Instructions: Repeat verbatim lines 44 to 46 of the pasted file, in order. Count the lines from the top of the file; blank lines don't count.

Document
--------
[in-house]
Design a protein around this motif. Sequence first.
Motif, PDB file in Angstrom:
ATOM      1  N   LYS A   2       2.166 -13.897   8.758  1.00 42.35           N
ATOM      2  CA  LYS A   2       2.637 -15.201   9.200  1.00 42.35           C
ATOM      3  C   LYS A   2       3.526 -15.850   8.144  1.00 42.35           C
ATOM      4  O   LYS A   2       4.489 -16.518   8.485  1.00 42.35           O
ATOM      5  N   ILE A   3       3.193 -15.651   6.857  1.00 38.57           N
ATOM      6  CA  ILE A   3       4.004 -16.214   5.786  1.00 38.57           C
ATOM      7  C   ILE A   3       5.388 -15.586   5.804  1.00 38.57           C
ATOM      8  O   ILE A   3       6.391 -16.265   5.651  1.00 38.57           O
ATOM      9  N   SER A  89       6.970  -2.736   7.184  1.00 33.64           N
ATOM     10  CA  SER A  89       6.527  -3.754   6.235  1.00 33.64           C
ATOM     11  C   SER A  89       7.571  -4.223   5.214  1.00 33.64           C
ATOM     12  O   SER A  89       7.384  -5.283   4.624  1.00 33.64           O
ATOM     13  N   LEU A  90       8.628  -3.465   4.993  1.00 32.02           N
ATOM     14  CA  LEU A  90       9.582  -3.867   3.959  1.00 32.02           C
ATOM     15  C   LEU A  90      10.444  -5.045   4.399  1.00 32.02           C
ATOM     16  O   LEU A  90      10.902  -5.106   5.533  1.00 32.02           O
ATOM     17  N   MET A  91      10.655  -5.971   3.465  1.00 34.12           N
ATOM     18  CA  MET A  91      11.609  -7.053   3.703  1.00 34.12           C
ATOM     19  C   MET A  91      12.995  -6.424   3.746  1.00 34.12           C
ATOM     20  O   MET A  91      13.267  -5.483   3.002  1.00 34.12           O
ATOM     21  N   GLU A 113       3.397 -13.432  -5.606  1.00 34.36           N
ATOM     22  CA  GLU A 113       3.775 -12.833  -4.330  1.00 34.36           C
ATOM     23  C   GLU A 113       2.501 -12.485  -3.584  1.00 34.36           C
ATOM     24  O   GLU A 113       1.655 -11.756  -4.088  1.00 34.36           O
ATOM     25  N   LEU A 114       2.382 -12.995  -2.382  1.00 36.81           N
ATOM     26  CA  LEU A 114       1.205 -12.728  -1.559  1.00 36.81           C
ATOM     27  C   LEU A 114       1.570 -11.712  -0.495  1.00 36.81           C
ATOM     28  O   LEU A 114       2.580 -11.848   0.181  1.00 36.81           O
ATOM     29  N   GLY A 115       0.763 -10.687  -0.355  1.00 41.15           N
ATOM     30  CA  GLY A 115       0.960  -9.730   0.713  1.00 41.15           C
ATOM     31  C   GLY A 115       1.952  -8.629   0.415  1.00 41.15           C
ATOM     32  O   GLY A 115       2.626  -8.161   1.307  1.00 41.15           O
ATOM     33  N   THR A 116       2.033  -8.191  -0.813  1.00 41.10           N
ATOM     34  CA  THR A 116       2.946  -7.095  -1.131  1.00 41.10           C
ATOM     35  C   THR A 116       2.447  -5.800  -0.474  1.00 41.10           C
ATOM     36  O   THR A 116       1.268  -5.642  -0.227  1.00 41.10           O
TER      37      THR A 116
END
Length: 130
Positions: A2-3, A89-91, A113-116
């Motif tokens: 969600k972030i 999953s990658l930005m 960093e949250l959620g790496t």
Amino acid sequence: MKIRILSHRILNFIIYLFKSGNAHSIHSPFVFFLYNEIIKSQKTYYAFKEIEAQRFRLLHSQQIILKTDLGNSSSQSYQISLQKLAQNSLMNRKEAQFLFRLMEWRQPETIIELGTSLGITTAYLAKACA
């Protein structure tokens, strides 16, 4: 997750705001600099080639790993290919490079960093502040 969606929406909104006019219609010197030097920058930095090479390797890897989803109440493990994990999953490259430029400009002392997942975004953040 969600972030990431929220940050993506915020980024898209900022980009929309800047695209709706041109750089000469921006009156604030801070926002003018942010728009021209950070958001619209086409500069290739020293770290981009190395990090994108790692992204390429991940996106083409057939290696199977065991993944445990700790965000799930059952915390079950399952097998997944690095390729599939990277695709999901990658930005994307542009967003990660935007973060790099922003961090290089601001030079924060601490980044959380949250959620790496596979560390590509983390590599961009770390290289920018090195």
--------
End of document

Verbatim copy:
């Motif tokens: 969600k972030i 999953s990658l930005m 960093e949250l959620g790496t």
Amino acid sequence: MKIRILSHRILNFIIYLFKSGNAHSIHSPFVFFLYNEIIKSQKTYYAFKEIEAQRFRLLHSQQIILKTDLGNSSSQSYQISLQKLAQNSLMNRKEAQFLFRLMEWRQPETIIELGTSLGITTAYLAKACA
């Protein structure tokens, strides 16, 4: 997750705001600099080639790993290919490079960093502040 969606929406909104006019219609010197030097920058930095090479390797890897989803109440493990994990999953490259430029400009002392997942975004953040 969600972030990431929220940050993506915020980024898209900022980009929309800047695209709706041109750089000469921006009156604030801070926002003018942010728009021209950070958001619209086409500069290739020293770290981009190395990090994108790692992204390429991940996106083409057939290696199977065991993944445990700790965000799930059952915390079950399952097998997944690095390729599939990277695709999901990658930005994307542009967003990660935007973060790099922003961090290089601001030079924060601490980044959380949250959620790496596979560390590509983390590599961009770390290289920018090195």